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When starting with the flute, I was told "there's no easy way to teach how to make the flute make a noise, I can show you and explain the theory but you just have to practise." And it seemed to be the case, slowly I became able to make a noise, then to reliably do so.

Now I face the same situation with notes at the top of the 2nd octave - same exact fingering but very subtle differences in blowing. Again I'm told "I can tell you what I'm doing but it's about feel, not knowledge".

Is this really the case, that the difference between getting the note and not is down to such tiny nuances that you have to let your brain train itself? Learn the fingering and then just do it until it 'clicks' and you can't remember why you couldn't do it?

  • Yes, practice lets you refine and improve your technique based off of biofeedback, in this case to your ears and muscles. It's the same with any other skill, like learning to write, or throwing a ball. – Karen Jan 8 '15 at 15:45
  • So once you know the fingerings and have checked you're not making an obvious mistake, it's all down to you and your flute and no tutor or online videos can really speed up the "I can't make the damn note" phase of learning? – Mr. Boy Jan 8 '15 at 16:40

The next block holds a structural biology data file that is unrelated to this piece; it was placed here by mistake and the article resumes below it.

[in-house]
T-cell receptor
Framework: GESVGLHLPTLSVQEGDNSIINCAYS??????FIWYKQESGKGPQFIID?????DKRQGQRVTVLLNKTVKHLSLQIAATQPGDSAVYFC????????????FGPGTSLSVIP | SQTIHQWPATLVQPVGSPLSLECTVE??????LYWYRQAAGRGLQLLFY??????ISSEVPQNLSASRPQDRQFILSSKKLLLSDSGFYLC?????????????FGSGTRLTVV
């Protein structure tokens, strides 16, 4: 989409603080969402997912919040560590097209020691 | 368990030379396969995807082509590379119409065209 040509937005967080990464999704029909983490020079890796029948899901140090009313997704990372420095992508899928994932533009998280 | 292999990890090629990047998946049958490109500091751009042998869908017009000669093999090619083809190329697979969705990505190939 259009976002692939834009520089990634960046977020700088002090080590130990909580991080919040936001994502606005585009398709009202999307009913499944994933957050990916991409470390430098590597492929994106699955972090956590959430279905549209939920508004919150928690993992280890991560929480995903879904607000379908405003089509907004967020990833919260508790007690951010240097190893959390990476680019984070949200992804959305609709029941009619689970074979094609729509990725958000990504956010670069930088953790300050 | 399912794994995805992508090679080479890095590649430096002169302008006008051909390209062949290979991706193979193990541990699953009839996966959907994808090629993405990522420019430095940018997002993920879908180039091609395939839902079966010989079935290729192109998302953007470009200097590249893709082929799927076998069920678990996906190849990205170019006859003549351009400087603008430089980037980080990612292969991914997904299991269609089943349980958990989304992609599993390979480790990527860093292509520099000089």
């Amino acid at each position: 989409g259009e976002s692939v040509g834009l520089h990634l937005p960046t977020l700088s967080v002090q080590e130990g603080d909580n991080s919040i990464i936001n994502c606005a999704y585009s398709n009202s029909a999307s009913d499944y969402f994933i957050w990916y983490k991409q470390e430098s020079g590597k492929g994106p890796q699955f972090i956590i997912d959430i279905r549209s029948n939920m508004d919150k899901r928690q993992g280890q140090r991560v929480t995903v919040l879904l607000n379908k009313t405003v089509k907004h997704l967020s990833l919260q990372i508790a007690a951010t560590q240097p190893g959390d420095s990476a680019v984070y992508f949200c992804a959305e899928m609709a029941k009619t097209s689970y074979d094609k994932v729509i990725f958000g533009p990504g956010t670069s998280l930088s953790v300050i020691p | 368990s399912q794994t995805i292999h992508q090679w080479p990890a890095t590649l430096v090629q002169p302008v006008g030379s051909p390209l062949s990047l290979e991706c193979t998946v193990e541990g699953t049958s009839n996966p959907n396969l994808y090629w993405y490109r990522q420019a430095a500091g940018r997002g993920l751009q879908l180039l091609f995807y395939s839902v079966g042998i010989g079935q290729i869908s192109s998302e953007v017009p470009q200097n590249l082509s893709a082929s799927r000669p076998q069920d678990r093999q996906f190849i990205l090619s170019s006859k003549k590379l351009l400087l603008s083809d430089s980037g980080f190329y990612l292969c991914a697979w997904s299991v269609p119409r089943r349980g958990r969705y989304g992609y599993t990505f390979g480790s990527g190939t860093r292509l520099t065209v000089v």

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Trevor Wye, in Practice Books for the Flute, Tone, p. 5, explains why long tone practice is good: "... provided he [the student] can hear the undesirable aspects of his tone, his self-correcting mechanism will ensure that it improves." I take it, that mechanism is biofeedback.

However, I think I've identified an aspect of embouchure that this doesn't work for. Sometimes, for the best pitch or timbre, you need to get the lower lip more behind the upper lip, so the airstream from your lips is angled down more steeply into the embouchure hole. Of the following three ways to achieve that, A and B are most natural and what biofeedback will lead you toward, but C actually works best:

A - retract your lower jaw, which carries the lower lip backwards with it; B - use the lip plate of the flute to push the lower lip inwards; C - use muscles that control the lip to pull the top of the lower lip back more toward the lower teeth.

C becomes more possible when the flute is held low on the chin, so that the lower lip is not pinned by the flute against the lower teeth. Yet, C requires more effort, practice and training. If you just listen to your tone, doing long tones or whatever, you naturally fall into the practice of directing the airstream downward by method A (which Nina Perlove calls playing like a cow chewing its cud), or B, which prevents you from "lipping" the pitch or tone to where you need it to be. Holding the flute too high against the lower teeth or too tightly against the chin are two beginners' mistakes that Jennifer Cluff warns against on her web site.

  • I can't picture C at all. Assuming no typo, surely pulling the top lip backwards will angle your airsteam up? – Mr. Boy Jan 19 '15 at 17:20
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    You're right -- it's a typo. I meant to say for C that you pull your bottom lip backwards. (I'll try correcting it.) – Greg Lee Jan 22 '15 at 1:43

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